The Stuff That Dreams Are Made Of
This double-CD, packing 23 tracks per disc, is loaded with music as far from corporate as can be. A sequel to the acclaimed roots rarities compilation from 2006, The Stuff That Dreams Are Made Of, Return is heavy on country styles—Appalachia seems to dominate here, more than anything urban. Whether it’s the swampy lilt of Dennis McGee and Sady Courville’s “Mon Chere Bebe Creole,” the creepy campfire tale of Eck Robertson and Family’s “Texas Wagoner,” or Ishman Bracey’s vocally confounding and brilliant “Woman Woman Blues,” these tunes speak to and from a distant past. This is folk music before it became folklore. Much of it is rural but little of it precisely ethnic. One exception is Karola Stocha and S. Bachleda’s “Koscieliska,” Polish mountain music of vocal lurch and hypnotic fiddle. There are times this dance music, no matter its original purpose, is anything but square.
These acoustic recordings speak of a world in which music meant community. They also speak to the bleak economy of the 1930s, when country-blues masters like Charley Patton and the slyly laconic Robert Wilkins (check out his “That’s No Way to Get Along”) recorded their iconic 78s. And they pay homage to the record collectors who have kept these sounds alive over the decades, many of them name-checked in the lovingly obsessive booklet that accompanies this mini-box. Meticulously assembled, this package is also graphically appealing, its Drew Friedman cover art evoking Ghost World, the 2001 movie that celebrated—among other things—just this type of record collecting. One caveat: It would have been nice to have a track-by-track guide detailing recording date/label/location, etc.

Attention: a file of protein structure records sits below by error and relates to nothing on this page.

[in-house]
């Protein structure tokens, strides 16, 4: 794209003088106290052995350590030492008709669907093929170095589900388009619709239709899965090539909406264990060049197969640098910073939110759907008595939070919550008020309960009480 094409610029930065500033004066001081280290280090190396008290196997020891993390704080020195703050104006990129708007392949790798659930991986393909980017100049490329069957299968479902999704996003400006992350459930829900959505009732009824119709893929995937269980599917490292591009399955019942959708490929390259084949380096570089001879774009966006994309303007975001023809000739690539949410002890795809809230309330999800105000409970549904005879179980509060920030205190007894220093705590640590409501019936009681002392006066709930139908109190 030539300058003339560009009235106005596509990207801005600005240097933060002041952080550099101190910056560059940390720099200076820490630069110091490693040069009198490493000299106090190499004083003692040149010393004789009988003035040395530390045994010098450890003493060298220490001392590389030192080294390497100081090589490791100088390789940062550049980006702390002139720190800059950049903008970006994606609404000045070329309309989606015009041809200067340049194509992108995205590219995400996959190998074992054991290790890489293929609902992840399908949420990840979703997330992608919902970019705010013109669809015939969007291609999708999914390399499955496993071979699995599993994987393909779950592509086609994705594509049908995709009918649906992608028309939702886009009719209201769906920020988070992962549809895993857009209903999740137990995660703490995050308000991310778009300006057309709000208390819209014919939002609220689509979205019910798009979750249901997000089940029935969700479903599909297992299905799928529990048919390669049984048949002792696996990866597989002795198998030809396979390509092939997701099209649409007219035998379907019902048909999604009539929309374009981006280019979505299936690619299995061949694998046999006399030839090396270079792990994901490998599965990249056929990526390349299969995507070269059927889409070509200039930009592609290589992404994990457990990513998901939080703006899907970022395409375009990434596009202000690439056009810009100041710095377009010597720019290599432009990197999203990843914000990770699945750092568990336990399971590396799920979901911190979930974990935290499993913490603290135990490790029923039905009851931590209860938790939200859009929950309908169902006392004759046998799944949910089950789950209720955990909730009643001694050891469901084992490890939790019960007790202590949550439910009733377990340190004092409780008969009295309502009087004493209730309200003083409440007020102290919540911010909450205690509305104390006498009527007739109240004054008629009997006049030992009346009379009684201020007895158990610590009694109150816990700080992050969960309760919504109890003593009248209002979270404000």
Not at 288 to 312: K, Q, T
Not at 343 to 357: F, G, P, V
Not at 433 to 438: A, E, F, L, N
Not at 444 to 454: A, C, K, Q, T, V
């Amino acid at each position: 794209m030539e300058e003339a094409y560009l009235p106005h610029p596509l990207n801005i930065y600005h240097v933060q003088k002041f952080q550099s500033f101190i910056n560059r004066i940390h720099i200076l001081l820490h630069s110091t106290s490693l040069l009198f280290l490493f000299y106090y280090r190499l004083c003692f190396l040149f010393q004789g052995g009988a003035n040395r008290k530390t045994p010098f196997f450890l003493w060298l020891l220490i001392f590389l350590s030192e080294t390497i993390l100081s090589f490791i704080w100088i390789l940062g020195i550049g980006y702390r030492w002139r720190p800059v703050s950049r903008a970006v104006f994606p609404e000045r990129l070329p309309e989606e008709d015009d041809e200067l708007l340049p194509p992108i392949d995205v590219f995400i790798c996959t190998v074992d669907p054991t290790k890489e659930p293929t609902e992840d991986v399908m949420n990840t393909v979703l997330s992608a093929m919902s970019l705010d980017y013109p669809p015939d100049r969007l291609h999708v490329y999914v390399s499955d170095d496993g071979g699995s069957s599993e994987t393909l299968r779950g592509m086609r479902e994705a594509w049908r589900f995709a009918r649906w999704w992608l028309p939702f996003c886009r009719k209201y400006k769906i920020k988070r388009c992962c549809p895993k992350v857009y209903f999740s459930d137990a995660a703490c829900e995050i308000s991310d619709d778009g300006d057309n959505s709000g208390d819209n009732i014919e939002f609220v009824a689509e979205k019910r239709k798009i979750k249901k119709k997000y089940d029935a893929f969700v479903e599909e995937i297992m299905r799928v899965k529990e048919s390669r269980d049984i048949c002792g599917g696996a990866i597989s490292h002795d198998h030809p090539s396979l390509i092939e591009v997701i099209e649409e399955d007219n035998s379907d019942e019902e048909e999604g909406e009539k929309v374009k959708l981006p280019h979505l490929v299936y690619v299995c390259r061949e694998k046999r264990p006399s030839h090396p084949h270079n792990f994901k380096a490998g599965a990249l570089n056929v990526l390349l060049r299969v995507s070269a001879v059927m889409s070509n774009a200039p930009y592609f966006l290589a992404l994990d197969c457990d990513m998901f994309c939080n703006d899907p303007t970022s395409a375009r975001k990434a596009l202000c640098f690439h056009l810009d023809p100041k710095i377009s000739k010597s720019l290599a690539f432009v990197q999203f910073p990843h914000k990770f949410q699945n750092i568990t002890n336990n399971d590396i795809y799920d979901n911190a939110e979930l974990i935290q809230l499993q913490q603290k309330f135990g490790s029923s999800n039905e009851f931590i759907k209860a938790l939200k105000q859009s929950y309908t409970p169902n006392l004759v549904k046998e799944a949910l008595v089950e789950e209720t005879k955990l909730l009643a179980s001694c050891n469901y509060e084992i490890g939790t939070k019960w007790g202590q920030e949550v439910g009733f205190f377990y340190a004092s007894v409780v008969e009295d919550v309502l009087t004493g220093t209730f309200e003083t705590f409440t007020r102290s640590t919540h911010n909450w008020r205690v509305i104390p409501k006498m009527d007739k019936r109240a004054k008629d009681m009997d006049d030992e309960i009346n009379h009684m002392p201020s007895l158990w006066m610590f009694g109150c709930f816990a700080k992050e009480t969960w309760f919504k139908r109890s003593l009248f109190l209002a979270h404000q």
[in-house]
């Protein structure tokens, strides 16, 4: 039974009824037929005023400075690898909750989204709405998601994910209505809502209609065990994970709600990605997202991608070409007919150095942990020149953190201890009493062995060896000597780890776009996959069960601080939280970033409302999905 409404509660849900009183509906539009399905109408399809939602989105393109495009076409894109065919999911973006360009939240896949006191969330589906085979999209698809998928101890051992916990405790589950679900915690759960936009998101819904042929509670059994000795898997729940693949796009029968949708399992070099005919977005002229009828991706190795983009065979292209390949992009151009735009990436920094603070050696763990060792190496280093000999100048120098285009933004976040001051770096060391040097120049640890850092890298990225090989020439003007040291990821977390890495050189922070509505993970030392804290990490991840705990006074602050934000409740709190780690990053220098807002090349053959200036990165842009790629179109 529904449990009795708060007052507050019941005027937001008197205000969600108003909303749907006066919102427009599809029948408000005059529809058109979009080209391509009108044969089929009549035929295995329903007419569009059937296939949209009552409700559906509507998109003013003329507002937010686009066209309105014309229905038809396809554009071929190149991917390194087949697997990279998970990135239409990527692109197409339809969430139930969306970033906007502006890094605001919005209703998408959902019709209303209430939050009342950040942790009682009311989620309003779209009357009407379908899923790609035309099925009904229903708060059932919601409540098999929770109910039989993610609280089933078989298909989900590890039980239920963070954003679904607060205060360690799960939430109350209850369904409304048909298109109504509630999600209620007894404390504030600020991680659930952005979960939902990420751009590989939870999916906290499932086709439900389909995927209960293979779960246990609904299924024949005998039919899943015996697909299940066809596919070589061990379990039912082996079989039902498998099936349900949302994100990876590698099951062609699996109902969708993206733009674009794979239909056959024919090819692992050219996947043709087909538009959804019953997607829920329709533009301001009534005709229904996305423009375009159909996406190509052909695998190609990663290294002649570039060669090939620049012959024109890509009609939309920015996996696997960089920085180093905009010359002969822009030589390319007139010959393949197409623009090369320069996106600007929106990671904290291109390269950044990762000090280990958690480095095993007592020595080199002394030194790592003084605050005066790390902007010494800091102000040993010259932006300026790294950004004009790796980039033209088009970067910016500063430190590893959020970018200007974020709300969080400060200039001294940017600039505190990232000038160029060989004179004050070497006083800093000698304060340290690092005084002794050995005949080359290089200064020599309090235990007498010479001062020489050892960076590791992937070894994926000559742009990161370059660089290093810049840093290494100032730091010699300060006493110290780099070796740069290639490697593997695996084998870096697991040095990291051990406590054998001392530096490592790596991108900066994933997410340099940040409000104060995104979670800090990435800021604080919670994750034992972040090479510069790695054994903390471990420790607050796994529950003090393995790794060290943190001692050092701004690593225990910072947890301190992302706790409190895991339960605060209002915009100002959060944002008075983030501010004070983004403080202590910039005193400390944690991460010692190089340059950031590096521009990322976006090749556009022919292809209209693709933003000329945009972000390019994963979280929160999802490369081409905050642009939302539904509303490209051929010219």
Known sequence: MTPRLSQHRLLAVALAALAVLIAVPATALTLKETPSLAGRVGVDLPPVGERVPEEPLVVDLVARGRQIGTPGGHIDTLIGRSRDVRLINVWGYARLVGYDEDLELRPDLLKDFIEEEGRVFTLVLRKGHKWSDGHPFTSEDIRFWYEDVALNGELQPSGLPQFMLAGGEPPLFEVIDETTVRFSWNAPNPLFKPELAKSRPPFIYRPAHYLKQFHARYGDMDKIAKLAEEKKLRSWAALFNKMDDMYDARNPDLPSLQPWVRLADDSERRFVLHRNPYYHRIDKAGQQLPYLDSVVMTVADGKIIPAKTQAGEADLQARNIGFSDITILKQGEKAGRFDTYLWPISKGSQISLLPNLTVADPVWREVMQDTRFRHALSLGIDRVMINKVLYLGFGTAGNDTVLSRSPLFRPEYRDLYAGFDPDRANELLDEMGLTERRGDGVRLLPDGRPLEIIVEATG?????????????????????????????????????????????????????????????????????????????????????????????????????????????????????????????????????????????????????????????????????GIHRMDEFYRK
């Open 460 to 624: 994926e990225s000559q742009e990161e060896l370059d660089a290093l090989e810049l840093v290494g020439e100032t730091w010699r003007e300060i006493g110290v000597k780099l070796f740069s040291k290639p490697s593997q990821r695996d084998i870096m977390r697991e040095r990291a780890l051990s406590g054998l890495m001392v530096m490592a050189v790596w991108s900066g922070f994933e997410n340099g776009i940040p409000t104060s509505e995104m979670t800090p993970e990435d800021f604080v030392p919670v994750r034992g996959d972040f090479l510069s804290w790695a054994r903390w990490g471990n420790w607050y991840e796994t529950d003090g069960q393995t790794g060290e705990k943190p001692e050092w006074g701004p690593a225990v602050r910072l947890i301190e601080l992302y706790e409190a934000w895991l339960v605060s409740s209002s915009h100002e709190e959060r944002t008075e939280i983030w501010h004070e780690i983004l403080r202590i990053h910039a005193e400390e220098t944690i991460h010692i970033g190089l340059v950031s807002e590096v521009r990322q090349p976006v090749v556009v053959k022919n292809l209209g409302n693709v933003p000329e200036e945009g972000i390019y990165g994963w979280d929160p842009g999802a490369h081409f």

Listen to these cuts any way you choose. Not weighted toward the blues, most evoke a time when music aimed to join people in pleasure—and succeeded. For proof, try “Sail Away Ladies,” Uncle Dave Macon and His Fruit Jar Drinkers’ clattering tour de force. No way to sit through that one.